While COVID-19 has added another layer of anxiety for many people, the concept of a green recovery is a potential good thing to emerge from the pandemic, she believes, as things like reduced air travel have improved greenhouse gas emissions slightly. “You don’t want to overstate what’s been done in a few months because you don’t want to give this false impression that these are easy issues to solve: they’re not and you don’t want to make them seem like they are,” she said. 

“At the same time it does show that certain things are possible and maybe as a country and as a society, we can come together after this and look at what changes we might want to maintain even after the pandemic is over. More than ever it’s important to focus on tangible solutions, these things that we can do now, things that can make a difference and also circling back and reporting on those actions so on the podcast we tried to talk to people who are taking action and whose actions are starting to have a real impact.”

Finding solutions has been a big focus of Earth Rangers over a number of years, Ms. Barocas said. “It’s important to focus on the actual issue and to make sure that we’re giving an accurate view of what’s going on in the world and the fact that there is reason to be concerned. We must also spend an equal or greater amount of time on the solutions; what people are doing and what you can do in your own life.” The organization aims for a more positive spin on it as much of the environmental news that kids are hearing can be overwhelming and negative, leaving them feeling a little bit hopeless.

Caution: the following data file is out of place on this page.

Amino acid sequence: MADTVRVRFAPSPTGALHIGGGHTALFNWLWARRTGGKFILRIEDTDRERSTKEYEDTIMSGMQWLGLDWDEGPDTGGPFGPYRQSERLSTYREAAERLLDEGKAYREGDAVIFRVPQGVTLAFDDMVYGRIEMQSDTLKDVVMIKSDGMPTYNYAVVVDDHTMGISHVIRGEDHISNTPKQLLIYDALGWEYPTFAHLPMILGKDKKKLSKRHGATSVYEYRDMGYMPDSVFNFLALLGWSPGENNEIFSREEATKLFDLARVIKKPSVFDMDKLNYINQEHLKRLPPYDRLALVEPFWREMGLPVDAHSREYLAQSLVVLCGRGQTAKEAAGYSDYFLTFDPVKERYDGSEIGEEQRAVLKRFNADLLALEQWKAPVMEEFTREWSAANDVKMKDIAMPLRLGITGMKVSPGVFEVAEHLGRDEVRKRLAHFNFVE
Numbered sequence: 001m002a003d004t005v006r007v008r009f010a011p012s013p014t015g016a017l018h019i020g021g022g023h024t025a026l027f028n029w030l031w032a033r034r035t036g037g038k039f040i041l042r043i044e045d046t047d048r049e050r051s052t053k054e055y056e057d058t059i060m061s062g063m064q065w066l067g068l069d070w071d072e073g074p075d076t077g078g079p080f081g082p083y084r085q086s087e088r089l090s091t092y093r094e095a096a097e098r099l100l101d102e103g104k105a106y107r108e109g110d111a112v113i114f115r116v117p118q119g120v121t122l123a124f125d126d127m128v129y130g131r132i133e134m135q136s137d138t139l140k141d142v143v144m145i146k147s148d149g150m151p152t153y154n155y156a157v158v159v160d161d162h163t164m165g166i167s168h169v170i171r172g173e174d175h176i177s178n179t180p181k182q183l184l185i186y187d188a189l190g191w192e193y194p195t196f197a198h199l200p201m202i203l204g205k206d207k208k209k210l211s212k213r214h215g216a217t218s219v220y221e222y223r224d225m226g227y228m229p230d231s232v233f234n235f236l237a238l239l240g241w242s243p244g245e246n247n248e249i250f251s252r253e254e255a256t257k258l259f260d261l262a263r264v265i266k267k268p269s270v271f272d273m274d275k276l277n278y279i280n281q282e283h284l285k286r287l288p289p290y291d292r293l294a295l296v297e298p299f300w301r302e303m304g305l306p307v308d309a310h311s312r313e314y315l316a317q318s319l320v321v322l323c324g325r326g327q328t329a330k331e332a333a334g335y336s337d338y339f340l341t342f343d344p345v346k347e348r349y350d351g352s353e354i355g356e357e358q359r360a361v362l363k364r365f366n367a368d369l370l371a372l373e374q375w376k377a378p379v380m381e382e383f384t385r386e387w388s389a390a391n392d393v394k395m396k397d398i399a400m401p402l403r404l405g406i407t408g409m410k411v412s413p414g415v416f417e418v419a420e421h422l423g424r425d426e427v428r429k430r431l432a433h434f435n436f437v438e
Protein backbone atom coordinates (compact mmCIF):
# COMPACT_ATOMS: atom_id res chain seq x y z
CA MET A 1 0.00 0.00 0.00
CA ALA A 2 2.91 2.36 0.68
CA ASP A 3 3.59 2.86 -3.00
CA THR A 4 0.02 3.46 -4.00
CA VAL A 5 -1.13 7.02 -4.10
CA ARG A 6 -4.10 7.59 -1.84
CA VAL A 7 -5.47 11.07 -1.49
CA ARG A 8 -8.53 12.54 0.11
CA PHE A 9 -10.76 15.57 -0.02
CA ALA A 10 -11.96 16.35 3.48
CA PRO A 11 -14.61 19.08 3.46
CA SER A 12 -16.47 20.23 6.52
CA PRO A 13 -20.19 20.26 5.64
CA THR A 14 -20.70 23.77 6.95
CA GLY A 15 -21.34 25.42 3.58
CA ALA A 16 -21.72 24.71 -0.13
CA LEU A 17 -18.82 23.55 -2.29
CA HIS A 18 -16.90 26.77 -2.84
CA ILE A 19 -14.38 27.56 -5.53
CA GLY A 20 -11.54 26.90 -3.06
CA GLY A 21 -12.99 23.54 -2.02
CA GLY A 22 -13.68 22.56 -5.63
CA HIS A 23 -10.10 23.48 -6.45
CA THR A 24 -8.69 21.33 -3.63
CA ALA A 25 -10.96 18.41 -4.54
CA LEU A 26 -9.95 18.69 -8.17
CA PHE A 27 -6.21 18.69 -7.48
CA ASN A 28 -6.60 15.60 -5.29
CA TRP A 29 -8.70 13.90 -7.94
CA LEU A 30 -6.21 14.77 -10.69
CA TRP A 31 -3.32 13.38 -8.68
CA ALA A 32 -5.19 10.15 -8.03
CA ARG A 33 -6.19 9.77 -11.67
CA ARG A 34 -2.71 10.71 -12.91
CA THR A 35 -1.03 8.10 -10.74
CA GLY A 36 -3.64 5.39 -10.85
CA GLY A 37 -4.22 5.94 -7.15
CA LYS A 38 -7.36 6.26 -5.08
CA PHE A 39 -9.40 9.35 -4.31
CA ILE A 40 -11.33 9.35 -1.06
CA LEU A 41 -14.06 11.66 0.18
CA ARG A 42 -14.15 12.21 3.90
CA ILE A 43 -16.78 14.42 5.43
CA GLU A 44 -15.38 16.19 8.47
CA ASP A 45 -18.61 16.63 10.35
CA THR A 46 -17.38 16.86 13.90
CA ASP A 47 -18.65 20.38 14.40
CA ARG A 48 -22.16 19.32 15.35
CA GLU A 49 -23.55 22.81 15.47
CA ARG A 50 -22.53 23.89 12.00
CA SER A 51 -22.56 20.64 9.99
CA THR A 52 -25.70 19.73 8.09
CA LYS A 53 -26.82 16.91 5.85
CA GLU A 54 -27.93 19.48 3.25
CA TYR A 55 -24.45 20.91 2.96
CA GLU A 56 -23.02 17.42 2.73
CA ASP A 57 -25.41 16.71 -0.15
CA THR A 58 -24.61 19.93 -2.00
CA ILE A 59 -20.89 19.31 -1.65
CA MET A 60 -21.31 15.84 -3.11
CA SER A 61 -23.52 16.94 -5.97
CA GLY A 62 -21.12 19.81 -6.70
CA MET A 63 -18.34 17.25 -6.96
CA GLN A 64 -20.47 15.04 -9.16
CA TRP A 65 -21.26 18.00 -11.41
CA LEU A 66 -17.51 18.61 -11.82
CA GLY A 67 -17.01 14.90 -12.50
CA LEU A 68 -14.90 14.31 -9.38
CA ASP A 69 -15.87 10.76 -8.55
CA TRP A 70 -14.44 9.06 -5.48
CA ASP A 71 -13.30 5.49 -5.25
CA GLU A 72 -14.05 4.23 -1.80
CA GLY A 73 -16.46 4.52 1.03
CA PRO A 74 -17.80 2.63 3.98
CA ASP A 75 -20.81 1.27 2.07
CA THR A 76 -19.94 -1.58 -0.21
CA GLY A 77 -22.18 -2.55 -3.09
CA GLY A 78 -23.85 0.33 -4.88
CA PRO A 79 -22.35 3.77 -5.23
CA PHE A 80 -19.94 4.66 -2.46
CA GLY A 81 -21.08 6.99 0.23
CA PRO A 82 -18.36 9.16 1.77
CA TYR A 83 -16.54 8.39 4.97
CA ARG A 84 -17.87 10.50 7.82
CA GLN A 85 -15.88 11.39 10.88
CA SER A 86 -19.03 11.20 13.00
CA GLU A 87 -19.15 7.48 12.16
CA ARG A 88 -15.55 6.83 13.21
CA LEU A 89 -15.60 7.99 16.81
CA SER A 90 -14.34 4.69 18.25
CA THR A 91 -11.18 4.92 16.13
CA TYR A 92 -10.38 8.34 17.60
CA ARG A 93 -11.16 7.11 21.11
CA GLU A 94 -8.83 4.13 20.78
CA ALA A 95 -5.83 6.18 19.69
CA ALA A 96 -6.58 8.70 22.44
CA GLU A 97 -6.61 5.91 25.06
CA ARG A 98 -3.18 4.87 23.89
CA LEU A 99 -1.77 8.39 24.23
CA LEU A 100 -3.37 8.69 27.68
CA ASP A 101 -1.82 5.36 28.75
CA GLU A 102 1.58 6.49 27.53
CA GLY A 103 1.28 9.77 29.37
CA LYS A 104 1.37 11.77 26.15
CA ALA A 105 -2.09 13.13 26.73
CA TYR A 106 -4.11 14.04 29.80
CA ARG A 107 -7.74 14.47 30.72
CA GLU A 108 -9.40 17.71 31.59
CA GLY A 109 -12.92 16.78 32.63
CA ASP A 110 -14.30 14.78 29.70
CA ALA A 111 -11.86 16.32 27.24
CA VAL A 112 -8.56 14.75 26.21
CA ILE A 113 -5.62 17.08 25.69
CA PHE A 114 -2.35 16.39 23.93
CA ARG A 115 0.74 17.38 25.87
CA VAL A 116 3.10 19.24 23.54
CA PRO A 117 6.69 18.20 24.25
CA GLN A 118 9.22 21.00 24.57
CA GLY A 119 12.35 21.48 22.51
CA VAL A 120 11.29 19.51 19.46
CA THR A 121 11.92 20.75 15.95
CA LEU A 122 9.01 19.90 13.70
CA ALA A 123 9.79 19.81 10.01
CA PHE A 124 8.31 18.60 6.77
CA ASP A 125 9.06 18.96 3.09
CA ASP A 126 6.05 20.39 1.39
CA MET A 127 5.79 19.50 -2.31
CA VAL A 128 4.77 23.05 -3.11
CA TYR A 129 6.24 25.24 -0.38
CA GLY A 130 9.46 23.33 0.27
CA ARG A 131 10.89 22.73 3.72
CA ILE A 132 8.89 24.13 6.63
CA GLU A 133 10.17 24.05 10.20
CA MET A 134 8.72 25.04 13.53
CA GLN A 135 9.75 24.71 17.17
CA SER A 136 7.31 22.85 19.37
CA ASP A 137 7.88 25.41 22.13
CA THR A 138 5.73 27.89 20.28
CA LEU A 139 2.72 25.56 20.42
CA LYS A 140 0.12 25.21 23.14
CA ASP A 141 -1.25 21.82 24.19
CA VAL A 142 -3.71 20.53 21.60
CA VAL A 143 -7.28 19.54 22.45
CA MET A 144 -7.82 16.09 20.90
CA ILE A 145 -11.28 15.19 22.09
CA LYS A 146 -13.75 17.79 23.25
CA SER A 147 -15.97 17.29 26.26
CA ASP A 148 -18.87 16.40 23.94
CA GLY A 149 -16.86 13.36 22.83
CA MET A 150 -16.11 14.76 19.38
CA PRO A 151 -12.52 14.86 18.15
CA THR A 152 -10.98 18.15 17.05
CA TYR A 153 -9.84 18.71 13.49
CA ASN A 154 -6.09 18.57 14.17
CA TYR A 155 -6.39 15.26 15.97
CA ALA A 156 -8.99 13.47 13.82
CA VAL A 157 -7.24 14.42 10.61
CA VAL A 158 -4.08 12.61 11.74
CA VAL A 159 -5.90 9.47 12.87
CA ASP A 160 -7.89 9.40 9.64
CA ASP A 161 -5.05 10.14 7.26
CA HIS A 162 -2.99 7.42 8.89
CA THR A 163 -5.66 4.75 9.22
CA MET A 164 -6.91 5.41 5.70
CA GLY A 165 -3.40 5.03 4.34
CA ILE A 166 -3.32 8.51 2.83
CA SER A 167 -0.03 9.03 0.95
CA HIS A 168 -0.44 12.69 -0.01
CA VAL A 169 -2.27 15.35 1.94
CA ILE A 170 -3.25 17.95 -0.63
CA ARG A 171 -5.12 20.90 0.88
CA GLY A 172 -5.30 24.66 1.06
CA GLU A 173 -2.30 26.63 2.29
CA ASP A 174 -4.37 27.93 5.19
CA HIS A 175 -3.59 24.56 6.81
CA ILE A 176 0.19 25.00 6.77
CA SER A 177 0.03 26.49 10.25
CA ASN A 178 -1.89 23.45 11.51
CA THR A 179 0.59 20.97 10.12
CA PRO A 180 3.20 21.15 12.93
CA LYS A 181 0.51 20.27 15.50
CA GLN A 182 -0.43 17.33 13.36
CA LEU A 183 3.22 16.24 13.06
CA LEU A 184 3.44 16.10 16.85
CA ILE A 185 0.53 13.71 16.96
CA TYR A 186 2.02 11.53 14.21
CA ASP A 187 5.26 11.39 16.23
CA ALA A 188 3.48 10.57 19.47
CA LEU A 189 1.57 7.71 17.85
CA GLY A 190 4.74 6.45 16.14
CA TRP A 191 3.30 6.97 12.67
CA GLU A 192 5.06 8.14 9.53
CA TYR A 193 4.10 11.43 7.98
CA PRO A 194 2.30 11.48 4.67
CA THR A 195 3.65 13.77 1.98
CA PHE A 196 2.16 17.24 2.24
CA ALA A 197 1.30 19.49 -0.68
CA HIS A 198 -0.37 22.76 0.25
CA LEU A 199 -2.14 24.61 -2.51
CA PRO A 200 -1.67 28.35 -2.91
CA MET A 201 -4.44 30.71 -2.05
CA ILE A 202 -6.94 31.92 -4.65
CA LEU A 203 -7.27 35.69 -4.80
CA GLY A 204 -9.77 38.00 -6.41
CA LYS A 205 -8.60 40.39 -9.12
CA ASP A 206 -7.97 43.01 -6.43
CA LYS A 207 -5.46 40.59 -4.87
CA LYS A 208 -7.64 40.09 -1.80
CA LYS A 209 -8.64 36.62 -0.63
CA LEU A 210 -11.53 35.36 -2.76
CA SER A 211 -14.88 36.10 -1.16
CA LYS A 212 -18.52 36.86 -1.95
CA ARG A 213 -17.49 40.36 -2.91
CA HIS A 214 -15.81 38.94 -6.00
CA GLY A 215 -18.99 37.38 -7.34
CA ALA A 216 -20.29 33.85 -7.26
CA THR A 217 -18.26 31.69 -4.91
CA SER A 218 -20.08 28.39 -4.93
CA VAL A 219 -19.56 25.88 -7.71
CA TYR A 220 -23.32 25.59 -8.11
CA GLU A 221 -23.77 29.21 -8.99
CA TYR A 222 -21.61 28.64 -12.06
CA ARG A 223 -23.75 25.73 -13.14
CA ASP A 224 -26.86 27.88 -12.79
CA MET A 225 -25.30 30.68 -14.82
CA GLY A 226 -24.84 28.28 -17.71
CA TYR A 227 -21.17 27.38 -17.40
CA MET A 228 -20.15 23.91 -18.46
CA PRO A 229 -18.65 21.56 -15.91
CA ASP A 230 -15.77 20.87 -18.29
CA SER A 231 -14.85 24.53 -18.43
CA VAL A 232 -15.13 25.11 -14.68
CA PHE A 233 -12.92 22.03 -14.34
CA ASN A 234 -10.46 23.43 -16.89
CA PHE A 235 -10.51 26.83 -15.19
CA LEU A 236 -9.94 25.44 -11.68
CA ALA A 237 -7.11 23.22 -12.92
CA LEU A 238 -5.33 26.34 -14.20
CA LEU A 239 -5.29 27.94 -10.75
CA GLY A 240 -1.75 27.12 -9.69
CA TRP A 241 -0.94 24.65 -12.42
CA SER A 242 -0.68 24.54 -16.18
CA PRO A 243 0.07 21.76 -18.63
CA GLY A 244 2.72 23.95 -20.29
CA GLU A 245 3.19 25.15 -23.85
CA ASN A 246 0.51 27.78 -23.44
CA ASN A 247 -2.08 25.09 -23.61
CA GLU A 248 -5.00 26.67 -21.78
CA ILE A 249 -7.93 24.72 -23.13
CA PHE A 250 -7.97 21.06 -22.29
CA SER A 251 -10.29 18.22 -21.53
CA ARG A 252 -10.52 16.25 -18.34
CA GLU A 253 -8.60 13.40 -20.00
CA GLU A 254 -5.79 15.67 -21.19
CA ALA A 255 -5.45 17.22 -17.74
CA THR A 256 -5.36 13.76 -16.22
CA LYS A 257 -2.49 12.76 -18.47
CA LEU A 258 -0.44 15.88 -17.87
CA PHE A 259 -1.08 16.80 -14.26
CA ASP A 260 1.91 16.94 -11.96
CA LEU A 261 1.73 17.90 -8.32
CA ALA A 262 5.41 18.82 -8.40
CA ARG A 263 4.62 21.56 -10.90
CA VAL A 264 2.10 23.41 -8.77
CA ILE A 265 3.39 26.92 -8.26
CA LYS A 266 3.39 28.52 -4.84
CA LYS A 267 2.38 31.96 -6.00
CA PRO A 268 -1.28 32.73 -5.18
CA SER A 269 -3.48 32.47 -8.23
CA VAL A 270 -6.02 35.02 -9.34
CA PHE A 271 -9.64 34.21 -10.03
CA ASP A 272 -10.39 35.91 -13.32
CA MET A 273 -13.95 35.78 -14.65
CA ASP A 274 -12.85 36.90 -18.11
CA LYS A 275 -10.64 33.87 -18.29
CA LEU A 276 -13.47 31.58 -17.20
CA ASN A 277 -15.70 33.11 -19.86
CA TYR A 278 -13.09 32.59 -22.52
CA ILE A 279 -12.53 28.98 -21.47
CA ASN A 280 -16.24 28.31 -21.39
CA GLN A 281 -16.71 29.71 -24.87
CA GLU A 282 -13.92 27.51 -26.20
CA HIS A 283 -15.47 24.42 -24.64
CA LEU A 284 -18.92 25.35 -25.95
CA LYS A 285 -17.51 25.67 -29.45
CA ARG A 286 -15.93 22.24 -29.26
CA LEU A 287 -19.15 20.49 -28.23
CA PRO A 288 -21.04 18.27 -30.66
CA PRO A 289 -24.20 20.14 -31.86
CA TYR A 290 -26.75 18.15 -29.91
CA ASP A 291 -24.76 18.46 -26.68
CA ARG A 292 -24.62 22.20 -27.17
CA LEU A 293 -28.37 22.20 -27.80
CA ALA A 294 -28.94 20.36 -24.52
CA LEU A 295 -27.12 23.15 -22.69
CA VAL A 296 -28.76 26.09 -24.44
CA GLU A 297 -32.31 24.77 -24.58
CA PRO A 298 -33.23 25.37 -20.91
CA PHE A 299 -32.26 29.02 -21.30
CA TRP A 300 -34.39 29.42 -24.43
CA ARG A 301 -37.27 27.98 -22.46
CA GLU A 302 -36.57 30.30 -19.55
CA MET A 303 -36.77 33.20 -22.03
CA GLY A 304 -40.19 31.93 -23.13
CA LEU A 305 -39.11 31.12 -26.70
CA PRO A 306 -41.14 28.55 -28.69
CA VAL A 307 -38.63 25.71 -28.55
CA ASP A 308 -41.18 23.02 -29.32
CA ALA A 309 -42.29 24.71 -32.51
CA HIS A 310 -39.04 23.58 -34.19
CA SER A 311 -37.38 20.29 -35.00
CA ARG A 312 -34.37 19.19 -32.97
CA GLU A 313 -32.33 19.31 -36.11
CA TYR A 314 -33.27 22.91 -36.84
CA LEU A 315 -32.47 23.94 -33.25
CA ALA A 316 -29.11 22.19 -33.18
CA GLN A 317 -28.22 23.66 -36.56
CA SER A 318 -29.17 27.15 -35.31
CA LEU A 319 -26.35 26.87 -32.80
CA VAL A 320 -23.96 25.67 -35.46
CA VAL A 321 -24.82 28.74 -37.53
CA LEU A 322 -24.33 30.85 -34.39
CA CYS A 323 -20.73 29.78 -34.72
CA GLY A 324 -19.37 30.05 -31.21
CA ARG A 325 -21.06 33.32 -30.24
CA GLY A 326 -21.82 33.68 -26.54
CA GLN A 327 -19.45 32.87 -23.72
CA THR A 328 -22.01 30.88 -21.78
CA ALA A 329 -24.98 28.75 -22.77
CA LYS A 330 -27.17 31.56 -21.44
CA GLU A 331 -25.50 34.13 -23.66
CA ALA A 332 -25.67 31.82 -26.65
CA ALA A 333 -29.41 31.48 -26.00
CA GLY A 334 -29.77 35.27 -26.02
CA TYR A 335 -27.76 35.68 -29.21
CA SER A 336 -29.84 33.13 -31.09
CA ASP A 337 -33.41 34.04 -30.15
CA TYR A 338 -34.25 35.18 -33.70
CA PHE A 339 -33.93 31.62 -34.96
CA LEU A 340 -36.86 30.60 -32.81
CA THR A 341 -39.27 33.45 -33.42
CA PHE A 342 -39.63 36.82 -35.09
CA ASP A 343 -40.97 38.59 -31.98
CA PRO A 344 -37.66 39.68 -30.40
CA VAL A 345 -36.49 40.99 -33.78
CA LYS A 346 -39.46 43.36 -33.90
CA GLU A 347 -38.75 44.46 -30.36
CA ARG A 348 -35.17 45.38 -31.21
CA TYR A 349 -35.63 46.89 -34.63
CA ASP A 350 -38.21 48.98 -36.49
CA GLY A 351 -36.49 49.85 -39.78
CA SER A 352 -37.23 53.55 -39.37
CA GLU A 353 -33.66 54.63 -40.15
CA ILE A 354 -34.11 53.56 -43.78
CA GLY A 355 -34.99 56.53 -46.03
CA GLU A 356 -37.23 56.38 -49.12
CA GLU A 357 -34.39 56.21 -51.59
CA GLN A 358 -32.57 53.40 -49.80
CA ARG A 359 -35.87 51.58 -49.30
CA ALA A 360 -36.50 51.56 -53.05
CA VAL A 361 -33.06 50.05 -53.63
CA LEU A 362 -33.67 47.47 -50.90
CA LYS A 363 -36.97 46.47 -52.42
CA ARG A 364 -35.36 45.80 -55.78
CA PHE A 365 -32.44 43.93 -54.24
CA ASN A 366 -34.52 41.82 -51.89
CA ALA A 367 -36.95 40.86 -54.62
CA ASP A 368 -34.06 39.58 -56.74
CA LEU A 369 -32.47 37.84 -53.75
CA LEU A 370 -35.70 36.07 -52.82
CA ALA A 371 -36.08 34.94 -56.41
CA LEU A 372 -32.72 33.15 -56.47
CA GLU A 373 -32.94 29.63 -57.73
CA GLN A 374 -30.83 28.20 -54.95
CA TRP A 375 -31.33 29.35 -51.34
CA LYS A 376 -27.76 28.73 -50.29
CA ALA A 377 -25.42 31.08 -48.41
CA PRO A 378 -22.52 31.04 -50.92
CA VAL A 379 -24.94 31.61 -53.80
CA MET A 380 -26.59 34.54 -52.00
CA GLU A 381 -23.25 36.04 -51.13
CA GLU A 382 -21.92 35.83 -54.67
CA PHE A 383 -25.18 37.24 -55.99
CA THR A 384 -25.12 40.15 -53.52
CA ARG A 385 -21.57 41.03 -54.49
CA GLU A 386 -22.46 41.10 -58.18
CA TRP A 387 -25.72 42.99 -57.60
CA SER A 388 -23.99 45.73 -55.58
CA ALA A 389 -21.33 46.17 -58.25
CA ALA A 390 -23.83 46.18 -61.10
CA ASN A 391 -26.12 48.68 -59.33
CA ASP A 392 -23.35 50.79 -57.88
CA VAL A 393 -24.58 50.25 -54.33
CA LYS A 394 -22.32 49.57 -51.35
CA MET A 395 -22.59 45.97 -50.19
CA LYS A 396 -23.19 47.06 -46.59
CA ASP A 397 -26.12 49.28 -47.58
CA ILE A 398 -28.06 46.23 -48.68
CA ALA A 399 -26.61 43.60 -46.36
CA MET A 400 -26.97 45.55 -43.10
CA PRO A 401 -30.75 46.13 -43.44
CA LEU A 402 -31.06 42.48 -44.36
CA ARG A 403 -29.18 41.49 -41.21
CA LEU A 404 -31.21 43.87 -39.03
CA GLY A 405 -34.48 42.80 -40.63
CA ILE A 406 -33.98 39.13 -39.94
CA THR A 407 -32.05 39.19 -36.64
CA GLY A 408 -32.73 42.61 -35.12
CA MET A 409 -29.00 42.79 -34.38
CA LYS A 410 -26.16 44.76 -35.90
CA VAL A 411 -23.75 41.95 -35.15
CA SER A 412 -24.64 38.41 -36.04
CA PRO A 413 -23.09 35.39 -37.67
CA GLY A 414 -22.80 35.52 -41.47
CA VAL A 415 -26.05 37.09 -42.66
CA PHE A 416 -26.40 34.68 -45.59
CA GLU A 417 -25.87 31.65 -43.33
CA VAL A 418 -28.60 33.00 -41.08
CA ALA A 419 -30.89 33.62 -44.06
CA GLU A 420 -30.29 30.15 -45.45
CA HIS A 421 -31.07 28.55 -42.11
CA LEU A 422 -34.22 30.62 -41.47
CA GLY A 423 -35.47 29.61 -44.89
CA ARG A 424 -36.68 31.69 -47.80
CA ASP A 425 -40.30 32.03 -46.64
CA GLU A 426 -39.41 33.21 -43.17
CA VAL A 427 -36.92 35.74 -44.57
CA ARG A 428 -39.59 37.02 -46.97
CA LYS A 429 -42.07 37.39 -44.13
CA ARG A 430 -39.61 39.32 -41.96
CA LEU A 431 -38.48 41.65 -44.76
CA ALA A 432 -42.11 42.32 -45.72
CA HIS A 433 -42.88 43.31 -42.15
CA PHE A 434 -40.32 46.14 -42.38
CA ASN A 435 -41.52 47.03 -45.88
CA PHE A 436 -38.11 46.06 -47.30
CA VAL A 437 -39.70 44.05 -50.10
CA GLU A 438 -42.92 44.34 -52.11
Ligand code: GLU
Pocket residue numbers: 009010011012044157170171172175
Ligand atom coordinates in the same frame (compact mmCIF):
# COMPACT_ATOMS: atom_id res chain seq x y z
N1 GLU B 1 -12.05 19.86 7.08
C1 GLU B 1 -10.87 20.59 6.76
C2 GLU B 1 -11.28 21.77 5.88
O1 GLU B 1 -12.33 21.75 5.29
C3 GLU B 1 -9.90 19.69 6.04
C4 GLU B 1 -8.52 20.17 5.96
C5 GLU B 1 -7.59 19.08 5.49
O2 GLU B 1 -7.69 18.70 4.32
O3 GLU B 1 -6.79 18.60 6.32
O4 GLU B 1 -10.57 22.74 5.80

Season one has come to an end and they’re back producing new episodes for the Earth Rangers podcast. The plan is to produce new episodes of The Big Melt in 2020/21. “We think it’s a really good opportunity and maybe an opportunity to take some of that content and provide it to teachers,” she said. “The podcast can be sliced and diced into different segments however you want so maybe teachers can use some of it in their own classrooms to bring to light different lessons that they might already be teaching.”

The Big Melt project was funded in part by the federal government’s Climate Action Fund. Minister Wilkinson said in an August 28 statement, “The climate action we are taking today will impact future generations, and stand as our legacy to reduce our carbon footprint. We encourage young Canadians to participate in climate change conversations and learn how to make a difference and be part of the solution.”

Listen to The Big Melt on most podcast platforms including Apple, Google and Spotify.